Autonomous vehicles can drive rich returns for these stocks down the road

Tech companies and auto parts suppliers are a great way for investors to profit from the driverless car trend.

Vikram Barhat 26 January, 2016 | 6:00PM
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It only takes a quick Google search for "self-driving cars" to know how close we are to the reality of driverless vehicles. A fantasy conjured up in many sci-fi films, intelligent cars are now routinely paraded at consumer shows. Automakers Audi, Mercedes-Benz and Tesla, as well as tech giants Google and Apple, are all betting on these vehicles with ongoing projects and testing prototypes.

Some tech firms are hastily joining hands with auto manufacturers, others quietly innovating, in a race to capture a large slice of what is expected to become a US$50 billion market over the next decade, according to French bank Exane BNP Paribas. In fact,  Toyota Motor Corp. (TM) has already disclosed its plans to have self-driving vehicles available for sale by 2020.

A great way for investors to play this market in the long term is to buy tech companies and parts suppliers that are making components -- sensors, chips, cameras and communications devices -- that will enable vehicles to function autonomously in real-world conditions. At the forefront of autonomous vehicle technology, these companies could be big winners when the self-driving car market takes off. Moreover, these companies have diversified product ranges which will continue to drive future growth and profitability, according to Morningstar equity research.

Magna International Inc.
Ticker MG
Current yield 2.28%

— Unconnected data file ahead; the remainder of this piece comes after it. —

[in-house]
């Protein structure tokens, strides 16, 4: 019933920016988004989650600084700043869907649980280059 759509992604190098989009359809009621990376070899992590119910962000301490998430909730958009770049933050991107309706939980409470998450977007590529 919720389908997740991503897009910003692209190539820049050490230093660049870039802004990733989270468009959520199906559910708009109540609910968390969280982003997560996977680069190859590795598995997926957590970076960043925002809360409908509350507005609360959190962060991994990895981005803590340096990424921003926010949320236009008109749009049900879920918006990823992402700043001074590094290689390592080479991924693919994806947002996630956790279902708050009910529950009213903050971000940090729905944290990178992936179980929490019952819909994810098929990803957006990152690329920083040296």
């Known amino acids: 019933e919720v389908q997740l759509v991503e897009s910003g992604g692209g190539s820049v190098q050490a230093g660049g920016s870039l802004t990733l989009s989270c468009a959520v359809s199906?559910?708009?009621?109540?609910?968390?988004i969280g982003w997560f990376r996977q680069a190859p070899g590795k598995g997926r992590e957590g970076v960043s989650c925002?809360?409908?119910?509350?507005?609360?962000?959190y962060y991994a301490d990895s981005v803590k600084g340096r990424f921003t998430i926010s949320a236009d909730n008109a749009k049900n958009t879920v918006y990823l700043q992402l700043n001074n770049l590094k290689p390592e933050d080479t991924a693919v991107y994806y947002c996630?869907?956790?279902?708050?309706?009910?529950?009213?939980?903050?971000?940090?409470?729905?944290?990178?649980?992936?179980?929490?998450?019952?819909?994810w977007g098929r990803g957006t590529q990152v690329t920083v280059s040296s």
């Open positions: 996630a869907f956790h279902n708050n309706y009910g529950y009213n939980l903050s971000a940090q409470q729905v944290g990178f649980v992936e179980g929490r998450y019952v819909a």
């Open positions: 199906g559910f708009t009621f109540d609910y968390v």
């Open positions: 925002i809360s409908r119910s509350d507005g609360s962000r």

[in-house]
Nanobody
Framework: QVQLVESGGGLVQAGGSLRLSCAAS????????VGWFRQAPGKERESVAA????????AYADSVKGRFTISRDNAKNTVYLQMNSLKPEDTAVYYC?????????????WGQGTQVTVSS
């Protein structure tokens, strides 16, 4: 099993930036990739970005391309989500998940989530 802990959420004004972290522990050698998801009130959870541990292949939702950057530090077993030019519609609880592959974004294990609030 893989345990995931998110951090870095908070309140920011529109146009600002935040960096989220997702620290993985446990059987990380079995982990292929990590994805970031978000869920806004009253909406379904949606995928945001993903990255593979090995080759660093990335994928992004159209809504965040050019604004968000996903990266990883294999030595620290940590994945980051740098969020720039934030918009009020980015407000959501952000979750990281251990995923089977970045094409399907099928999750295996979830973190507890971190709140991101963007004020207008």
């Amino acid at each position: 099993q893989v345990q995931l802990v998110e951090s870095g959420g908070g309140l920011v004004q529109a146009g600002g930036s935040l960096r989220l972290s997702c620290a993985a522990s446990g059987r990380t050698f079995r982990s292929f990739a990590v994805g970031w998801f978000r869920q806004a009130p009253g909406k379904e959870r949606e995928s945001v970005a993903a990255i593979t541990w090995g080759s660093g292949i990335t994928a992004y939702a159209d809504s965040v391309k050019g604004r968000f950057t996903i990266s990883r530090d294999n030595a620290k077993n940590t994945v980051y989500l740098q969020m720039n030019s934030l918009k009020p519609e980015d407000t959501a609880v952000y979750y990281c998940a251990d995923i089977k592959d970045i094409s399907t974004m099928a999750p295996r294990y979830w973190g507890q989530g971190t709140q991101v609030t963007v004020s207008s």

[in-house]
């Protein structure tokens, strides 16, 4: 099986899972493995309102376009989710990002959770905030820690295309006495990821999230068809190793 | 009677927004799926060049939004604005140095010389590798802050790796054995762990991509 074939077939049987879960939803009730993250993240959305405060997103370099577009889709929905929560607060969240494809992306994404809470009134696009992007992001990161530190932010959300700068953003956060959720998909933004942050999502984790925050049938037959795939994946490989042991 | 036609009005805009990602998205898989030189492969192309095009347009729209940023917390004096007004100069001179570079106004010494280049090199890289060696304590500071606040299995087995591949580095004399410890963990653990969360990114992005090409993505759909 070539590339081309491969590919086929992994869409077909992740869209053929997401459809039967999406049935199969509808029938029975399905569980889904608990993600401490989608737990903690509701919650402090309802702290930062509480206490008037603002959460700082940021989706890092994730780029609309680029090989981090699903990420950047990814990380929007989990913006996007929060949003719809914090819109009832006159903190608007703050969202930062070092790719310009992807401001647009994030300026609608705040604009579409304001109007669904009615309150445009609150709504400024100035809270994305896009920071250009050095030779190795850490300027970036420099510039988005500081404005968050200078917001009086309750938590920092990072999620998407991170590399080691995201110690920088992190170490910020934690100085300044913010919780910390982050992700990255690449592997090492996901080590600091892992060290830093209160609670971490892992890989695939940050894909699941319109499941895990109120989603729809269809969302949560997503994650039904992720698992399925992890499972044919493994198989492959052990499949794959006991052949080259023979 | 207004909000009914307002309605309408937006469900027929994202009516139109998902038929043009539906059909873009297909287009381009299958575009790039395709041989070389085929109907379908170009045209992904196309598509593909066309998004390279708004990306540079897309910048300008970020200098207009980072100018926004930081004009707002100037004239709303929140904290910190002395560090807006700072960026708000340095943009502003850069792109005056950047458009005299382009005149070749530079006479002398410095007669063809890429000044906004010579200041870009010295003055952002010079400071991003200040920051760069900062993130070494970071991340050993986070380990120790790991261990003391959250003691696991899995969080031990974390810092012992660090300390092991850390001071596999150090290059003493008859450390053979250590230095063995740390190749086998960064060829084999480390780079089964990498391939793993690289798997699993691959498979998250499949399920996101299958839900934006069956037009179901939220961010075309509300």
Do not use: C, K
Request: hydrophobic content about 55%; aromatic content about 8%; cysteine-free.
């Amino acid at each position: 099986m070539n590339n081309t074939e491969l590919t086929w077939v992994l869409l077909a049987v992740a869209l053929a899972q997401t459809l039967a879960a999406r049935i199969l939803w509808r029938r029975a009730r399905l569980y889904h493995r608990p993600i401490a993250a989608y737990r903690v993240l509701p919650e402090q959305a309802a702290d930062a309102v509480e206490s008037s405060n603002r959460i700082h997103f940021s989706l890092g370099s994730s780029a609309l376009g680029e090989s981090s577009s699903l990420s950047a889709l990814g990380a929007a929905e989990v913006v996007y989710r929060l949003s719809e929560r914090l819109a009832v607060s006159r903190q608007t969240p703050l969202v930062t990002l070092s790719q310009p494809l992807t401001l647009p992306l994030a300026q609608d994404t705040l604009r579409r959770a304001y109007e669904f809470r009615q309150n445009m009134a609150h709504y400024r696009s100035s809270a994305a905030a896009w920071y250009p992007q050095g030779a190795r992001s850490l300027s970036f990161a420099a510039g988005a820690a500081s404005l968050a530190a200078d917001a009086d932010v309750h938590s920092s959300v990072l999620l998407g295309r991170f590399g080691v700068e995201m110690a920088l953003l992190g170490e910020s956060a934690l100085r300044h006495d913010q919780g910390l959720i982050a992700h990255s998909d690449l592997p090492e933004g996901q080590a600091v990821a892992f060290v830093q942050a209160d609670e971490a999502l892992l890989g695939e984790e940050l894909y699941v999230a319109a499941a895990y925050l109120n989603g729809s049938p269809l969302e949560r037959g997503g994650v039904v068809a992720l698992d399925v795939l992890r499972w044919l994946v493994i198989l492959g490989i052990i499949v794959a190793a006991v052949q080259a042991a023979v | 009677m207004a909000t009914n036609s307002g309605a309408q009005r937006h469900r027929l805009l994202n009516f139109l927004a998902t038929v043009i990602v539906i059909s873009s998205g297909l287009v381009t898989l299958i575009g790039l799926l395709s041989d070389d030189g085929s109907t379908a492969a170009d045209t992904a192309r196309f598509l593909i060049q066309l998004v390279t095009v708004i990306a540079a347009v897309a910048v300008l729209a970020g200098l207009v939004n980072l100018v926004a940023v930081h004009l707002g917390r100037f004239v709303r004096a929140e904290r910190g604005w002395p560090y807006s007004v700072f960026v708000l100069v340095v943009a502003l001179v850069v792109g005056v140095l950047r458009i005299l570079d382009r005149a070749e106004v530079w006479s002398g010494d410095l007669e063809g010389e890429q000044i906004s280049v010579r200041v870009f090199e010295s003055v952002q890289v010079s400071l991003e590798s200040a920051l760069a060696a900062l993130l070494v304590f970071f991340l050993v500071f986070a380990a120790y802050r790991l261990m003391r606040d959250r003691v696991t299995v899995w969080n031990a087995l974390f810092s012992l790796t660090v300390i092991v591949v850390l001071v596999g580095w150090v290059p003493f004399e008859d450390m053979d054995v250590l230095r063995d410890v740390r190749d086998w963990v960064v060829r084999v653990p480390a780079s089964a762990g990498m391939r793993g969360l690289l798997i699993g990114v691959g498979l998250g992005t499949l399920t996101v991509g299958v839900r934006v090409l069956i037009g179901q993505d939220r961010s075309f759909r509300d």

Forward P/E 5.9
Price $49.82
Fair value $54
Data as of Jan. 22, 2016

Canadian auto parts supplier  Magna International Inc. (MG) provides carmakers a wide range of products including exteriors, interiors, seating, body and chassis, and vision and electronic systems. The company, whose customers include General Motors, Volkswagen, BMW and Ford, also assembles vehicles under contract.

Magna is well-positioned to commercially exploit the self-driving vehicles theme, according to a Goldman Sachs report, as the world's fourth largest supplier of advanced driving assistance systems (ADAS), a technology that boosts safety through cameras and collision-warning systems needed for self-driving cars. The firm has a number of sensing technologies including rear cameras and ultrasonic sensors -- key components for vehicle automation.

"The company generates innovations, possesses long-term highly integrated customer relationships, and has wide product breadth,” said Morningstar equity analyst Richard Hilgert in a report.

Magna recently announced that it had reached an agreement to acquire Getrag, one of the largest independent producers of vehicle transmissions. The transaction, which prompted Hilgert to raise the stock's fair value from $47 to $54 last summer, formed the basis for Magna to forecast a 15.7% jump in its auto parts manufacturing business in 2016.

International Business Machines Corp.
Ticker IBM
Current yield 4.08%
Forward P/E 7.5
Price US$122.50
Fair value US$145
Data as of Jan. 22, 2016

 IBM Corp. (IBM) is a leading IT company whose product offering includes system hardware, infrastructure software, outsourcing and systems integration services. As a market leader in real-time monitoring systems, complex event processing, predictive analytics and real-time traffic analysis and updates, IBM has a lot to contribute to, and gain from, the market for self-driving vehicles.

Earlier this month, Ford and IBM teamed up to develop a pilot platform, the Ford Smart Mobility Experimentation Platform, that analyzes vehicular data to find a parking spot or detect a traffic jam, useful features in autonomous vehicles. In fact, IBM has published a white paper entirely around how a driverless car works.